“Active listening” is key to developing effective communication

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Family eating dinner Effective communication involves the utilization of active listening skills. As an active listener, you demonstrate your interest in what is being said using both verbal and nonverbal communication techniques and you open the door for others to begin using the same techniques. The goal is to Guide the family from Positions to Solutions – a directional GPS, so to speak.

Here are 10 key elements of “good” or effective communication through active listening:

  1. The Conversation Booster – Encourage families to set the tone with a question or comment that has an important purpose with no hidden agenda. The goal is to focus on what’s really important to someone else and why. Encourage others to elaborate, add additional details and express emotions.
  2. Acknowledging and Showing Appreciation–When someone is angry, worried or unhappy, reflect upon what you’ve heard and acknowledge the emotion. Expressing appreciation for someone’s participation in a difficult conversation can help build trust and set a tone of respect.
  3. Ask Clarifying Questions, Carefully – Elaboration often helps uncover more information and emotions.
  4. Frequent Summarization – When conversations get bogged down, everyone feels “stuck.” By summarizing what you’ve heard, everyone has a chance to hear their own statements to know they’re understood. It provides for validation and clarification, and it opens the floor to new ideas.
  5. Reframing – Things can get intense in family discussions. Accusations, blame, perceived motives and insults can take over the conversation. A reframe focuses on interests and turns down the heat by removing judgments and inflammatory statements. It requires you to look for the underlying concerns and values that may be driving someone to make a challenging or upsetting statement.
  6. Use Technology Wisely – Technology can be a double-edged sword. While it can make communication more efficient, it also can make it more complicated. You don’t have the additional help of voice intonation or visual perception, so email messages can be misinterpreted. And people use it in different ways – some people check messages daily, others weekly, some not at all. It’s important for family members to determine a workable and reliable system for communicating.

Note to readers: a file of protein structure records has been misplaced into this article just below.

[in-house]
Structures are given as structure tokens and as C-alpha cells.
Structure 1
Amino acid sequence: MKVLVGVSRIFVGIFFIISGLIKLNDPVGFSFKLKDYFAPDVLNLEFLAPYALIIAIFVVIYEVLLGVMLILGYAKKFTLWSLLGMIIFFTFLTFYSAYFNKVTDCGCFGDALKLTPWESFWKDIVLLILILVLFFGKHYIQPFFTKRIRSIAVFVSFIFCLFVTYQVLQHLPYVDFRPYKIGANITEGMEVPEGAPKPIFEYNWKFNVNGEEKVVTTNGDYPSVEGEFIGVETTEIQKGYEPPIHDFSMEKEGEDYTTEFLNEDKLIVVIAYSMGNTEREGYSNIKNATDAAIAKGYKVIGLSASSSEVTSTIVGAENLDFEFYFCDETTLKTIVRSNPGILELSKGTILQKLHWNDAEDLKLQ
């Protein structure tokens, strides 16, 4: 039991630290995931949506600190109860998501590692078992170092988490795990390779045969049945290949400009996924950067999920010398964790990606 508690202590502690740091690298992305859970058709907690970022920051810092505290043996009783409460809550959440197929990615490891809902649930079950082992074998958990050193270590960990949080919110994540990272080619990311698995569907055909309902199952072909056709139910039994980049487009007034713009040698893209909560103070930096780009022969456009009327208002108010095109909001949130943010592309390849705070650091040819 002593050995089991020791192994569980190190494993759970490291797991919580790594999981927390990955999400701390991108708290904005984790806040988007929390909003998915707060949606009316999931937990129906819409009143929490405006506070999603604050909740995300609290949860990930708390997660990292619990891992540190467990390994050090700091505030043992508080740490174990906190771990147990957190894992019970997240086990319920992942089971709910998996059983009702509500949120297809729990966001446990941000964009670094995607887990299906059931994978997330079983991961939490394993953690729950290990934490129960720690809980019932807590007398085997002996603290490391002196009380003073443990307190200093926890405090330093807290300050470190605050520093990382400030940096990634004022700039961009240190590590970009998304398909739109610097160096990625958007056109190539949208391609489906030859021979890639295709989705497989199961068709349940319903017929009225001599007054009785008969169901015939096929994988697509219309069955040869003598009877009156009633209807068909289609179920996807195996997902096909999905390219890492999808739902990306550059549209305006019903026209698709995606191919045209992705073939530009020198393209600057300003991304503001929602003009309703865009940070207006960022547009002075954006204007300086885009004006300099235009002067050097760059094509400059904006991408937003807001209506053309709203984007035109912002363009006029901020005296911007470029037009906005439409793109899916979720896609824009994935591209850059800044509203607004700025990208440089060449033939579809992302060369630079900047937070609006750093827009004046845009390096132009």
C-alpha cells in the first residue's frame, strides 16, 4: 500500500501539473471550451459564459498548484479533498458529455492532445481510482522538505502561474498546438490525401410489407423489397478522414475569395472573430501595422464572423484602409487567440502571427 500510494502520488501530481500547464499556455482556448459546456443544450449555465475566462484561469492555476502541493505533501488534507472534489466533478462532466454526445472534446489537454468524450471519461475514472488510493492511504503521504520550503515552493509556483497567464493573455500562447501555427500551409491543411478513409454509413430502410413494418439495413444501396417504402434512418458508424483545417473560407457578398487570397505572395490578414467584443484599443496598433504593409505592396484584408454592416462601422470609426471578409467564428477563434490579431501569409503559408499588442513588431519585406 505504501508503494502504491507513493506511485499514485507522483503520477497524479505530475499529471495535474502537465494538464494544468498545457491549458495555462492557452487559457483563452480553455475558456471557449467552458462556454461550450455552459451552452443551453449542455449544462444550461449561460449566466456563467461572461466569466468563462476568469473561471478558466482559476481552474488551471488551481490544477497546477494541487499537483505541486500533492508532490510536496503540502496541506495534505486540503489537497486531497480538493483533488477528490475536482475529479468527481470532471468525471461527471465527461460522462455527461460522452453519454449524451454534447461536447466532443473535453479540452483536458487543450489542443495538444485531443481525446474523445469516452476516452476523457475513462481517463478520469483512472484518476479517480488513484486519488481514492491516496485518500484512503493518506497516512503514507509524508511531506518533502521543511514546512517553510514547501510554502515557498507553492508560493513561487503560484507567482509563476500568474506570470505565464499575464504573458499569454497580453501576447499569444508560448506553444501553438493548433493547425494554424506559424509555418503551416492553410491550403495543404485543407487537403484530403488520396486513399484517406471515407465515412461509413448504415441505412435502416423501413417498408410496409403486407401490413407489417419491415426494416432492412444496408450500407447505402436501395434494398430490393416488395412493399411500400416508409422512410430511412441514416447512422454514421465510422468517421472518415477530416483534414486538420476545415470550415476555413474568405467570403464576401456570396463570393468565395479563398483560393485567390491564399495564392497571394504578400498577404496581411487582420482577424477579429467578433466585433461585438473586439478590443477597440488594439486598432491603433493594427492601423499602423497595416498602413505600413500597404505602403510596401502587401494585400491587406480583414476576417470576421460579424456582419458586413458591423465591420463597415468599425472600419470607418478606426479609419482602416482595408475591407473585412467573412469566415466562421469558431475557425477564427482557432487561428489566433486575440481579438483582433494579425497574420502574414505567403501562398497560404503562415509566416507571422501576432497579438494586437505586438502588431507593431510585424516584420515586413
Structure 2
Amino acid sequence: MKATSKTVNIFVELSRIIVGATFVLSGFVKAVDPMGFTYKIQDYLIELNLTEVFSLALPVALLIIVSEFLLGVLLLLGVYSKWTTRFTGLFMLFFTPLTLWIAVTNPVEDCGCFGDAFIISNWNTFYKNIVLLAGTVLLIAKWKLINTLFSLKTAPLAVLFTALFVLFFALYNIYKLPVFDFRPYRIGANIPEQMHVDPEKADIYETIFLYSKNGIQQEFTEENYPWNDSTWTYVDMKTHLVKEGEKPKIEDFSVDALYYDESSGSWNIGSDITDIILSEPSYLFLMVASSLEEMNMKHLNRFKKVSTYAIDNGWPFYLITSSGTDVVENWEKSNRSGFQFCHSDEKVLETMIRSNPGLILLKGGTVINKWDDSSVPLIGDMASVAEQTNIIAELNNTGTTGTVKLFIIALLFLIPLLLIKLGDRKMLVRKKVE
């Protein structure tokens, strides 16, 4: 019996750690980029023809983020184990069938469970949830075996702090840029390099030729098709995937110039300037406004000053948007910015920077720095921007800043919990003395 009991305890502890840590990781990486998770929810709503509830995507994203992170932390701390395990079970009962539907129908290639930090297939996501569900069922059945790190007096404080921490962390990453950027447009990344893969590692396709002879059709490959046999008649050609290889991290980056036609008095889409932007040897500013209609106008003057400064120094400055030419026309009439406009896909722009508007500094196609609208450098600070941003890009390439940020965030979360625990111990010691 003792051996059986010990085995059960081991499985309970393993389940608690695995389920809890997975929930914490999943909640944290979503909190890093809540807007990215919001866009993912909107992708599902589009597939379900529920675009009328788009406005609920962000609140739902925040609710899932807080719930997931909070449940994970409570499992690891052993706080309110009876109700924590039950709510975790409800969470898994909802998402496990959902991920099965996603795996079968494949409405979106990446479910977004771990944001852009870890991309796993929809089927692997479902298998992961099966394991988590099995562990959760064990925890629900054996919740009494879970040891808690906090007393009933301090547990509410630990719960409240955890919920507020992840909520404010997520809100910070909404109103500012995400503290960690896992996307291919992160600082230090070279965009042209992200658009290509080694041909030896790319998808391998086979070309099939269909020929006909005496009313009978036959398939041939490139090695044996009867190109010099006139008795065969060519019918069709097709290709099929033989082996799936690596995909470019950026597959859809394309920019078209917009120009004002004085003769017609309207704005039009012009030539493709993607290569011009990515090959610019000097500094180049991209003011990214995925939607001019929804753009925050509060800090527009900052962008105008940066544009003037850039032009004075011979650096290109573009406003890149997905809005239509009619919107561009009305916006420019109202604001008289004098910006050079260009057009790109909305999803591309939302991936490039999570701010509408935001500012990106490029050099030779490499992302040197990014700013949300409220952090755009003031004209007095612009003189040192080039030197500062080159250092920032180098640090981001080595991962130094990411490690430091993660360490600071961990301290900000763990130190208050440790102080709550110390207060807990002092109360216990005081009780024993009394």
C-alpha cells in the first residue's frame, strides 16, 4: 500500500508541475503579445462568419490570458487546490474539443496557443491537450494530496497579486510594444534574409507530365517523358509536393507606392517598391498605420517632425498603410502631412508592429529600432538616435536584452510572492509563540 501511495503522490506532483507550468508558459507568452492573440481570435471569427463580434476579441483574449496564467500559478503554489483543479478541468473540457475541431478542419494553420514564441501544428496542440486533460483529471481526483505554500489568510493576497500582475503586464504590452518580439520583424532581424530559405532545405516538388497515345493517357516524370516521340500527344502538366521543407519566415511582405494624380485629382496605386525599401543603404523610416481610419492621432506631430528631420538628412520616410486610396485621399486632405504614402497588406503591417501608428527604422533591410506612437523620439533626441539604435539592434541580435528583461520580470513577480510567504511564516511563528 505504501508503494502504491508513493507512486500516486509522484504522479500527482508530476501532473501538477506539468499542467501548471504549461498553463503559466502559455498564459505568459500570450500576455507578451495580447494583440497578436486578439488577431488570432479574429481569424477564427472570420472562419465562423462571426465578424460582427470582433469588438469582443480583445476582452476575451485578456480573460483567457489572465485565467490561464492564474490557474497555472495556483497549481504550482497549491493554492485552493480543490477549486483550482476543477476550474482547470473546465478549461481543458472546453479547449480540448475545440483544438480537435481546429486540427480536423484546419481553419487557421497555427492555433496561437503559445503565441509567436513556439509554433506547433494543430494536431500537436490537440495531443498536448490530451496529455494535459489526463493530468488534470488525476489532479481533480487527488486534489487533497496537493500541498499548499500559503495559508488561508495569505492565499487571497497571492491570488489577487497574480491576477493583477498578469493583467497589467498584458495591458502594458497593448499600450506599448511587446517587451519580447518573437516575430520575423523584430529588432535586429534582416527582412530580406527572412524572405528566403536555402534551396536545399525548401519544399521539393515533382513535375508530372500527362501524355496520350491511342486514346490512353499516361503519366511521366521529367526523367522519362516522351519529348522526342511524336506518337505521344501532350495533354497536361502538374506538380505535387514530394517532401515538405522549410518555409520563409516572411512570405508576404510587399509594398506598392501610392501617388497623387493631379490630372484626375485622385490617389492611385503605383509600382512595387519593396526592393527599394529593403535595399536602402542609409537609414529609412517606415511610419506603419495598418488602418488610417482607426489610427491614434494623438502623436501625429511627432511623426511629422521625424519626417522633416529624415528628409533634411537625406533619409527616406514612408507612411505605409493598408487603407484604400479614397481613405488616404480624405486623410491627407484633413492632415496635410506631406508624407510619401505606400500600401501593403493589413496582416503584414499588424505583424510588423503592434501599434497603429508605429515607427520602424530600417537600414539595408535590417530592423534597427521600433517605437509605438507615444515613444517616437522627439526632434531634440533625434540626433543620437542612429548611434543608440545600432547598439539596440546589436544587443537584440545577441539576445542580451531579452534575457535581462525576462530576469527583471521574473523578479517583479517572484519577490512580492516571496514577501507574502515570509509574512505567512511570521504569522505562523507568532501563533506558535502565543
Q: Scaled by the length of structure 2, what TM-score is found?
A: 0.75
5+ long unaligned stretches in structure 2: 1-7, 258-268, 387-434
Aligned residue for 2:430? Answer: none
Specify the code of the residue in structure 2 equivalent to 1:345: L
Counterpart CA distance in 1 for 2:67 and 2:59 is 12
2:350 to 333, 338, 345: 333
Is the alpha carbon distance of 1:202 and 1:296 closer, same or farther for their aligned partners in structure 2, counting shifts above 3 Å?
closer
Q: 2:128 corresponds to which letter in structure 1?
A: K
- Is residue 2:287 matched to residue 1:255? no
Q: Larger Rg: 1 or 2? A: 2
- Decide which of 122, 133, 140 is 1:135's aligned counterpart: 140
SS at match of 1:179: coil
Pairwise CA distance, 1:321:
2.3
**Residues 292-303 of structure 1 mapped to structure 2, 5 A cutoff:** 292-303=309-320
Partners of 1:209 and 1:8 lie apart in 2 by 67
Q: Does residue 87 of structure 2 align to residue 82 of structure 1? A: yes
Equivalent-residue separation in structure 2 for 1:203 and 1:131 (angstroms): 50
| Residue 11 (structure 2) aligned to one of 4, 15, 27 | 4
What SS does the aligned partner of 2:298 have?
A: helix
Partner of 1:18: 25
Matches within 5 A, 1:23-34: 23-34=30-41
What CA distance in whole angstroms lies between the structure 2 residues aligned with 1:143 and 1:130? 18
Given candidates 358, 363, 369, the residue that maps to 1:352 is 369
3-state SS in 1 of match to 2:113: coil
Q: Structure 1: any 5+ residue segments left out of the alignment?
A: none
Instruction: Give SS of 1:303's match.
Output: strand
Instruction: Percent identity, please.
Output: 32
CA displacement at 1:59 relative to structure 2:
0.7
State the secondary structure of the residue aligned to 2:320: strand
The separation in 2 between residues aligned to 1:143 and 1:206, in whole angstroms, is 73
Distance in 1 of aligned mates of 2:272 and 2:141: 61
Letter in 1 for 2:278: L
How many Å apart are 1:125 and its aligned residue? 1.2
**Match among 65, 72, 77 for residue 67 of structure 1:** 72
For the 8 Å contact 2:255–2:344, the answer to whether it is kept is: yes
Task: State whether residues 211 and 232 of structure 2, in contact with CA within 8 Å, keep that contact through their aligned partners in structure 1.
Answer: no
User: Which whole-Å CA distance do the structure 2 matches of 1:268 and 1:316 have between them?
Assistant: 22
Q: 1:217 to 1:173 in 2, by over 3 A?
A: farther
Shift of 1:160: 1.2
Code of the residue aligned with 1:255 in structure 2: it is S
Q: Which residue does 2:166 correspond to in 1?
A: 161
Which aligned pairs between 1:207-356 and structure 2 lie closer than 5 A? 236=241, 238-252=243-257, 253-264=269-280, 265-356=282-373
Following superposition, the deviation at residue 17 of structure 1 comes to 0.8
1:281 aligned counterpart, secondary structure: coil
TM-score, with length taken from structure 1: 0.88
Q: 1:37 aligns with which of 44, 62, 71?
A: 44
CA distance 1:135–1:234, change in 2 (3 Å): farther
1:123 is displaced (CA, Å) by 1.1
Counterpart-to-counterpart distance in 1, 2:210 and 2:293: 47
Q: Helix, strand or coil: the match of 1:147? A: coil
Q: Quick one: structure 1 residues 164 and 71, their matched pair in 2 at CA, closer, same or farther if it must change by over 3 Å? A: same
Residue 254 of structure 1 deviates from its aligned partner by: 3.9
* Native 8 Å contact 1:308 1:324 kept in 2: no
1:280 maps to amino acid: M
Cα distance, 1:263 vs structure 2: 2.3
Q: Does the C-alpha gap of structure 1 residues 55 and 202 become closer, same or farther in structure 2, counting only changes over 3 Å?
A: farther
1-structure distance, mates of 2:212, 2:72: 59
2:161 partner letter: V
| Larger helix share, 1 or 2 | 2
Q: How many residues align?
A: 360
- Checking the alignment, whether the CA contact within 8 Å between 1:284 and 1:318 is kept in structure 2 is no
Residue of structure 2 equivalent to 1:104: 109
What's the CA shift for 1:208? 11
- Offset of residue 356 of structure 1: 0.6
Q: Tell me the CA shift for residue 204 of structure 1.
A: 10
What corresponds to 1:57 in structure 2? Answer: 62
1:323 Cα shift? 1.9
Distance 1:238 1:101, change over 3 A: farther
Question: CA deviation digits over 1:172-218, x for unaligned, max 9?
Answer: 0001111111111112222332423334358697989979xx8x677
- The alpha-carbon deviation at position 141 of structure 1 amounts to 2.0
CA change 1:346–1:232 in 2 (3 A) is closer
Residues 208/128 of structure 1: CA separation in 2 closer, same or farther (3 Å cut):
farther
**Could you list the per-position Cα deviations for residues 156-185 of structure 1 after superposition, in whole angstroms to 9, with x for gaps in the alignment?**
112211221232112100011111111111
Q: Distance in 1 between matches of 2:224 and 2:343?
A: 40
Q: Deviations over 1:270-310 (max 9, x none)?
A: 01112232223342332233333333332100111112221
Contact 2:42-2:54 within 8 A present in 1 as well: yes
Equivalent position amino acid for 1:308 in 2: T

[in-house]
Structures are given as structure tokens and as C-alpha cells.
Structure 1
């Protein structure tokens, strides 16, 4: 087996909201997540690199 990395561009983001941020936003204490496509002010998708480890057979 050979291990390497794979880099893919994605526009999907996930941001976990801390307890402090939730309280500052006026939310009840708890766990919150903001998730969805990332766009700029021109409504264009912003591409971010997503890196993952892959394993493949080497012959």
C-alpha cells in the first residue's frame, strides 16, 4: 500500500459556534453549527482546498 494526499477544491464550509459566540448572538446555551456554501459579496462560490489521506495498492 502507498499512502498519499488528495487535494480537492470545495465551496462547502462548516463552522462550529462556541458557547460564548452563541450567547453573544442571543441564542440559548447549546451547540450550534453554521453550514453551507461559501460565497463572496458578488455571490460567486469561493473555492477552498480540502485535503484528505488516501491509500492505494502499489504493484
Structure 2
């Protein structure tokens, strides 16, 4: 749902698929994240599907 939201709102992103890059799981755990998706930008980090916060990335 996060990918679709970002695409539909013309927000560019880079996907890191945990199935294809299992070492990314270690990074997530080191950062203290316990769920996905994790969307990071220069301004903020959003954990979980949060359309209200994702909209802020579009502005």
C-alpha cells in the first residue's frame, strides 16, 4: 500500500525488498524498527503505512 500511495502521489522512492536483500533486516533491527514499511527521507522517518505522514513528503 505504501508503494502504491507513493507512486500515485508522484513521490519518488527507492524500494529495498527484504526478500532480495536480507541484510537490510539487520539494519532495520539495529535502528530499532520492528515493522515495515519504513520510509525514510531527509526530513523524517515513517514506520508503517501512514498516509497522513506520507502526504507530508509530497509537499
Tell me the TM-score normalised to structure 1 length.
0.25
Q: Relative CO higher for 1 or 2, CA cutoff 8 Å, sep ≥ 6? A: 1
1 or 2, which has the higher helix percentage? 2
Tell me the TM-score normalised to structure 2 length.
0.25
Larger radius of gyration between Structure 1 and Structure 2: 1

7. Introduce Optimism to Move the Conversation Forward – When families are in conflict, they may begin to lose hope. They may even give up on the possibility of ever resolving a dispute. If your family is in this situation, bring up things you’ve done well together in the past. What shared struggles or successes have your family experienced together? Bring the conversation back to common interests, which might include fairness, Mom and Dad’s financial security, or a parent’s health concerns. These topics can be a source of encouragement when the discussion gets bogged down.
  8. Use Transparency to Build Trust – Openness and sincerity shows your willingness to express difficult thoughts and feelings. It opens the door for others to do the same. As hard as it might be, transparency opens the door to thoughtful, meaningful conversation.
  9. Use “And” Instead of “But” –“But” negates positive comments. Using “and” in a reframed sentence makes your point without negating the acknowledgement.
  10. Avoid Toxic Questions and Comments – People who use words like “always” or “never” make it difficult to move forward. Rephrase and clarify to reach a more specific statement that deals directly with the issue at hand, without passing judgment or assigning blame. Avoid focusing on the negative and refrain from fueling animosities.


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